And this book, at long last, delivered solid answers on some things that I had been wondering a lot about since the very beginning. Want an example? Without giving away any spoilers to those who haven't read the books yet (you know who I'm talking about ;-) I'll offer this example: in Harry Potter and the Sorcerer's Stone, when Harry and Ron meet for the first time, Harry reads something. This particular item has to do with a certain major character and it cites a name and a year. Mention of the year alone has piqued and ached my curiosity for the better part of a decade now, because it happens to have been a very significant year in real world history and I've been dying to know all this time "okay, what's the connection here?". Sometimes I've wondered if I was reading too much into it. And then it turns out, after reading Harry Potter and the Deathly Hallows, that I was right to have caught note of that and maybe I didn't give it enough thought, because it turns out to have been very, very important to the story as a whole (and I'm probably giving away too much already just talking about it like this).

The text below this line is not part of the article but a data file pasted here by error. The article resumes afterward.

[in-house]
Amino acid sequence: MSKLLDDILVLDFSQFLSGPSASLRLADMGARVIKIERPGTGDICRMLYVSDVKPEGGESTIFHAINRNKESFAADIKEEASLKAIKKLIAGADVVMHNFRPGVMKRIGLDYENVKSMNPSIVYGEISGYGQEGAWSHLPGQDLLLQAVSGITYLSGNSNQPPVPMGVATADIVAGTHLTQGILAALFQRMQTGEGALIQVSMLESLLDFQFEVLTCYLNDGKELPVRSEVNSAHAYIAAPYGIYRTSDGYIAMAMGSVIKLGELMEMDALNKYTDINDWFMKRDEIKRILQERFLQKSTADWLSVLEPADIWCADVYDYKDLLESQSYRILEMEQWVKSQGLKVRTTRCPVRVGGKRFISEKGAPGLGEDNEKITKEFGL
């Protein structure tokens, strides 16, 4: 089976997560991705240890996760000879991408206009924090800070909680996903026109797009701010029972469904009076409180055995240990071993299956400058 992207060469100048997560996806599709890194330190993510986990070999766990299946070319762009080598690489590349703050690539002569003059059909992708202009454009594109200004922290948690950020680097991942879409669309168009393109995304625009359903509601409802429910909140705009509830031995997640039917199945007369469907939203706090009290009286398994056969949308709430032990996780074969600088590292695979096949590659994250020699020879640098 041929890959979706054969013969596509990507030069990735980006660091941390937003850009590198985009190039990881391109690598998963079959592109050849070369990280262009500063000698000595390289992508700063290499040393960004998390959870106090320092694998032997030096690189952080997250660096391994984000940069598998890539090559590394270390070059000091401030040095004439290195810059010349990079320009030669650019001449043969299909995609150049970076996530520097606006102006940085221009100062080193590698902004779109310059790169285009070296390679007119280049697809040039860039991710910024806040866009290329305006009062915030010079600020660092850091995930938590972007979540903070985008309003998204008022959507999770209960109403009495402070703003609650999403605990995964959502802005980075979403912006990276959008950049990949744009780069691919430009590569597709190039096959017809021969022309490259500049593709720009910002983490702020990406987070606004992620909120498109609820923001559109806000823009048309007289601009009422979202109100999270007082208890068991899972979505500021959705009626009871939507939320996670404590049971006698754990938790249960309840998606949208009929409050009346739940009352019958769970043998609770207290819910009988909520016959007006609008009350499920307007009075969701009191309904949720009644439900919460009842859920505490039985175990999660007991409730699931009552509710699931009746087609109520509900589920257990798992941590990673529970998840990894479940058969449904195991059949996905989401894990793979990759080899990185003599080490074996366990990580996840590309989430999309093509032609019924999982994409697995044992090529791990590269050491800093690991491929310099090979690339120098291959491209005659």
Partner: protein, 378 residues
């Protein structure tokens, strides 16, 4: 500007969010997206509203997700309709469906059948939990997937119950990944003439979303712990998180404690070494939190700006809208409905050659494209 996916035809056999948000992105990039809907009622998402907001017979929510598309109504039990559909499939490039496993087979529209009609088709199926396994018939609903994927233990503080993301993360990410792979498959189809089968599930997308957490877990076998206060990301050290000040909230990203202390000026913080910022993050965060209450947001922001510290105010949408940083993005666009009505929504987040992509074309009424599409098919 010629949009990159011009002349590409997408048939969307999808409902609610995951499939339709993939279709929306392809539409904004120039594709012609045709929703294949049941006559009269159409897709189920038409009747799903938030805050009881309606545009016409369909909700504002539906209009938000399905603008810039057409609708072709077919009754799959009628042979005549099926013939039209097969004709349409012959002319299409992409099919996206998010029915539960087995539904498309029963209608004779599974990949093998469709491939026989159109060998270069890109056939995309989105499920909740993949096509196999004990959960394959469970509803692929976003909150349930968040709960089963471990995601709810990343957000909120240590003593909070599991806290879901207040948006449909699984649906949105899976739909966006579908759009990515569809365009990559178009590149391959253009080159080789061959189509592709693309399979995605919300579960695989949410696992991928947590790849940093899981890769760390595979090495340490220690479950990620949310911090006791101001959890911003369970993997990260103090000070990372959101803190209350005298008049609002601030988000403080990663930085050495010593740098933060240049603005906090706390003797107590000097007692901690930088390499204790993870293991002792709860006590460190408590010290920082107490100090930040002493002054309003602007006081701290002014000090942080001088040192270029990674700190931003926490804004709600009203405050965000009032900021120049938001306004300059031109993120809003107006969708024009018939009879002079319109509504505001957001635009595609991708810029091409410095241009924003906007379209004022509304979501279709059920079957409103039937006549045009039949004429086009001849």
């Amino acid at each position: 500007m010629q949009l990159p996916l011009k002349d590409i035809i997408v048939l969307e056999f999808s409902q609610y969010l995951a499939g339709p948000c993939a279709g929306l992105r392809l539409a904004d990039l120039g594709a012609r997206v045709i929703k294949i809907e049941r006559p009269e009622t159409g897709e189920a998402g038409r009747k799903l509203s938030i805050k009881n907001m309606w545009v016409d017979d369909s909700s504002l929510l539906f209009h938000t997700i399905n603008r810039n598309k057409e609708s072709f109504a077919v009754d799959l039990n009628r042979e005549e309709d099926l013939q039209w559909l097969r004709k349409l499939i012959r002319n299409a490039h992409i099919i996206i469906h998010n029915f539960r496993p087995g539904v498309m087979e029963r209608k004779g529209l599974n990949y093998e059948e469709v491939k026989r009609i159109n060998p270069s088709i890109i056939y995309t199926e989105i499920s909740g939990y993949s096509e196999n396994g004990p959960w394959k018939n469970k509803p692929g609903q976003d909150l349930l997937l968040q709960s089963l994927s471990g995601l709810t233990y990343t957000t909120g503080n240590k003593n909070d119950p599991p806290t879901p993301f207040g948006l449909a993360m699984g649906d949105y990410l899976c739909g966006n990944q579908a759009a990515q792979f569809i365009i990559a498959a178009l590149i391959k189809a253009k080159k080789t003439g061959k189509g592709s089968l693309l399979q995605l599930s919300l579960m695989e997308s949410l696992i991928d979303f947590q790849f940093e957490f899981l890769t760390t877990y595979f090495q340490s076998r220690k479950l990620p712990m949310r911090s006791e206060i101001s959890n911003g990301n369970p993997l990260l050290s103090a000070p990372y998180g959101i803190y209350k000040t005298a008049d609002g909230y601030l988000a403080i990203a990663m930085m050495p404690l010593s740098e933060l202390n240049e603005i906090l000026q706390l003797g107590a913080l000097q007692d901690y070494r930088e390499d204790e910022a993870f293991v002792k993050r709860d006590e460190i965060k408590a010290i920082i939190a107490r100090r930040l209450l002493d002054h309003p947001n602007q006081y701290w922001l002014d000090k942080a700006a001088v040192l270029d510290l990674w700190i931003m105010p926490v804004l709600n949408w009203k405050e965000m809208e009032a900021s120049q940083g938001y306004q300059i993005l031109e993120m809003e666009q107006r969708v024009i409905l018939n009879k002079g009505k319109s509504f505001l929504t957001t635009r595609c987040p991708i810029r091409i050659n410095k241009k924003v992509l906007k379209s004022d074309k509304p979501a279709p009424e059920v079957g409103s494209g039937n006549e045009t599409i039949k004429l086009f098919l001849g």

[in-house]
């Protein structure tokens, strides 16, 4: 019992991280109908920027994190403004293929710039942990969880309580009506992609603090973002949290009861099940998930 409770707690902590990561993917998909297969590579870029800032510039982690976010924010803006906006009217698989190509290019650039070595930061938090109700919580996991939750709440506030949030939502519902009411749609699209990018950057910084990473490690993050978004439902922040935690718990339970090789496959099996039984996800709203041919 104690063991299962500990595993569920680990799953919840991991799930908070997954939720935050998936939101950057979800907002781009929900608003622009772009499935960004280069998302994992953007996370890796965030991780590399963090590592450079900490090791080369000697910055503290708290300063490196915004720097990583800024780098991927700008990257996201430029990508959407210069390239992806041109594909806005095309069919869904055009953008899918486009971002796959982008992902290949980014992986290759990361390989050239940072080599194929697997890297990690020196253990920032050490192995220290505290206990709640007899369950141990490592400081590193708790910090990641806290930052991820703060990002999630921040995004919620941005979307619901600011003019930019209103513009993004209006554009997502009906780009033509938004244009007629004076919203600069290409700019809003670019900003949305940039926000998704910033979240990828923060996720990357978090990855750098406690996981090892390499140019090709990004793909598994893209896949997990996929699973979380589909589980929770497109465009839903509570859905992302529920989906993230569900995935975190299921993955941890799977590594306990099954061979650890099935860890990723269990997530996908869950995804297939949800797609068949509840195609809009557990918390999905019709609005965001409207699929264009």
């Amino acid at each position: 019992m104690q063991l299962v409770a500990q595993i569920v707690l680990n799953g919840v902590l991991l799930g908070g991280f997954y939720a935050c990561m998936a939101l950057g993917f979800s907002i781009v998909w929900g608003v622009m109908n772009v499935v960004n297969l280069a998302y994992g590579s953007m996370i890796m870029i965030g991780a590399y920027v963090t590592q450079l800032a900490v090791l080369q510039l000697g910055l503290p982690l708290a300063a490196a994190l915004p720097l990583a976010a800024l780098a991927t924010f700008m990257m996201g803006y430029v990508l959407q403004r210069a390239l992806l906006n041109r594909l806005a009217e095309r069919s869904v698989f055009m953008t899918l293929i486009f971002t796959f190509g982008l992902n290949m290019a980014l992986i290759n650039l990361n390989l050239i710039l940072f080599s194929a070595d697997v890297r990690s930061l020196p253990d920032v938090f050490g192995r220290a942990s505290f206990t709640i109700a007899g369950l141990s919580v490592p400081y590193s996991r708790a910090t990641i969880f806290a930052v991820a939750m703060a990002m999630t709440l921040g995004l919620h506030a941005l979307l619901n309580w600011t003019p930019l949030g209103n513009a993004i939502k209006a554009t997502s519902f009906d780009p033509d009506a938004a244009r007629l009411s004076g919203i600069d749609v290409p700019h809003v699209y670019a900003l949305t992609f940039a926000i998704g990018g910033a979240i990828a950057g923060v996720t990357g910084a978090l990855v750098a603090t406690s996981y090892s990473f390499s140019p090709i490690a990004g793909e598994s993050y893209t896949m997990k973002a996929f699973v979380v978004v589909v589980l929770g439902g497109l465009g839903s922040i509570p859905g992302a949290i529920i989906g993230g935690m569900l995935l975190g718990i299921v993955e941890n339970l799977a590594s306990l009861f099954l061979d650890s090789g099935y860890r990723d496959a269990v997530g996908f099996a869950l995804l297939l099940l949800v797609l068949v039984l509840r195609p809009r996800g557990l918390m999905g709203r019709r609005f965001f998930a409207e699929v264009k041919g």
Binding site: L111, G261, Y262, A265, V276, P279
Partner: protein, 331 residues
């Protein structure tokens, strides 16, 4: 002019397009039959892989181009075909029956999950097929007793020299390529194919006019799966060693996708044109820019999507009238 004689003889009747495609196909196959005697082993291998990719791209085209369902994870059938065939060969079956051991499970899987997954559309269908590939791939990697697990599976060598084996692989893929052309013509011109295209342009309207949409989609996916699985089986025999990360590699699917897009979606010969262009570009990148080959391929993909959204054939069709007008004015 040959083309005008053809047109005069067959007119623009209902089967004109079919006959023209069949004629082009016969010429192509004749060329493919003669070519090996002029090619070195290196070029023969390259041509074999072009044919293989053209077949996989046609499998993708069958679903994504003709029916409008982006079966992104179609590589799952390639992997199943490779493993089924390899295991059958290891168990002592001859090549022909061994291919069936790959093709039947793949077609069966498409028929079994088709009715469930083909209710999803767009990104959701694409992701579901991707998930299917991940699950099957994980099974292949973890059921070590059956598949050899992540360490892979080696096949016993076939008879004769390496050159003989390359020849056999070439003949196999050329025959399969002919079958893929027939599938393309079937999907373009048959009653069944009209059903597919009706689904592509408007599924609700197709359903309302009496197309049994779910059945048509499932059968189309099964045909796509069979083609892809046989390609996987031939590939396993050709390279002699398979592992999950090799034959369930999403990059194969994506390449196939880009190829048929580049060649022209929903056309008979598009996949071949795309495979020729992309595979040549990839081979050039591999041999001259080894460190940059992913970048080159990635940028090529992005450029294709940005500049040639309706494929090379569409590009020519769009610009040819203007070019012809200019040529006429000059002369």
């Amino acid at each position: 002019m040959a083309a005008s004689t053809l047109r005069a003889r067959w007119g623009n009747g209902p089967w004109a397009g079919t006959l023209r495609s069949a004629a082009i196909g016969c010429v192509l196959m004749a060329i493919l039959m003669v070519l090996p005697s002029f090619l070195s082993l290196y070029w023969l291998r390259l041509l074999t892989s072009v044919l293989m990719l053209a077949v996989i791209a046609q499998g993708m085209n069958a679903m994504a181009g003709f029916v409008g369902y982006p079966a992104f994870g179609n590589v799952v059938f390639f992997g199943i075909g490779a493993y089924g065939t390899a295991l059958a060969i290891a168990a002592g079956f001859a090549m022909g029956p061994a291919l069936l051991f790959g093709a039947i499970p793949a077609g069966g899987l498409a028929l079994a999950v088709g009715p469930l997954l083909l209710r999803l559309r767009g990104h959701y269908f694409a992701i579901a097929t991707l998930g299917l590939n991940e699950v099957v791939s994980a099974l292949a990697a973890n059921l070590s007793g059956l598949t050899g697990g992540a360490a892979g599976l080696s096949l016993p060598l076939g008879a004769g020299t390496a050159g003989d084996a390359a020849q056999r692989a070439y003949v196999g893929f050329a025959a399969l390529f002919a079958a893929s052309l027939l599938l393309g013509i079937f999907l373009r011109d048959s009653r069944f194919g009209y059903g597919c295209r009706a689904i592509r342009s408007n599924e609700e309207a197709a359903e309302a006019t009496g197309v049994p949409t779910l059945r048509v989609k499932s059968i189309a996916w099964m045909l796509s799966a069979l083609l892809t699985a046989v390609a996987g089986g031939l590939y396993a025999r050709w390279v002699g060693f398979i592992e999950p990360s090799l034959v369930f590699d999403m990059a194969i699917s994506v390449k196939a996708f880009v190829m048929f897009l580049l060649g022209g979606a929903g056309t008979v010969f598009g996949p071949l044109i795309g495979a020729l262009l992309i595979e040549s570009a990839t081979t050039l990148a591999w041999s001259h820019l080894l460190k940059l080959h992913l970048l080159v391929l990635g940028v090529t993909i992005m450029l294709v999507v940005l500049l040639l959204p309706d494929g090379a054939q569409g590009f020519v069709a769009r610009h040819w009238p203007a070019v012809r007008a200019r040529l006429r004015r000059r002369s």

That's what this book is like though. Whatever question that likely has tantalized you for so long during the Harry Potter series, is answered here. Including some things that I had never given a second thought to. It can never be said that J.K. Rowling was simply "making it up" as she went along: this kind of orchestration isn't possible unless there were years of planning and forethought behind it.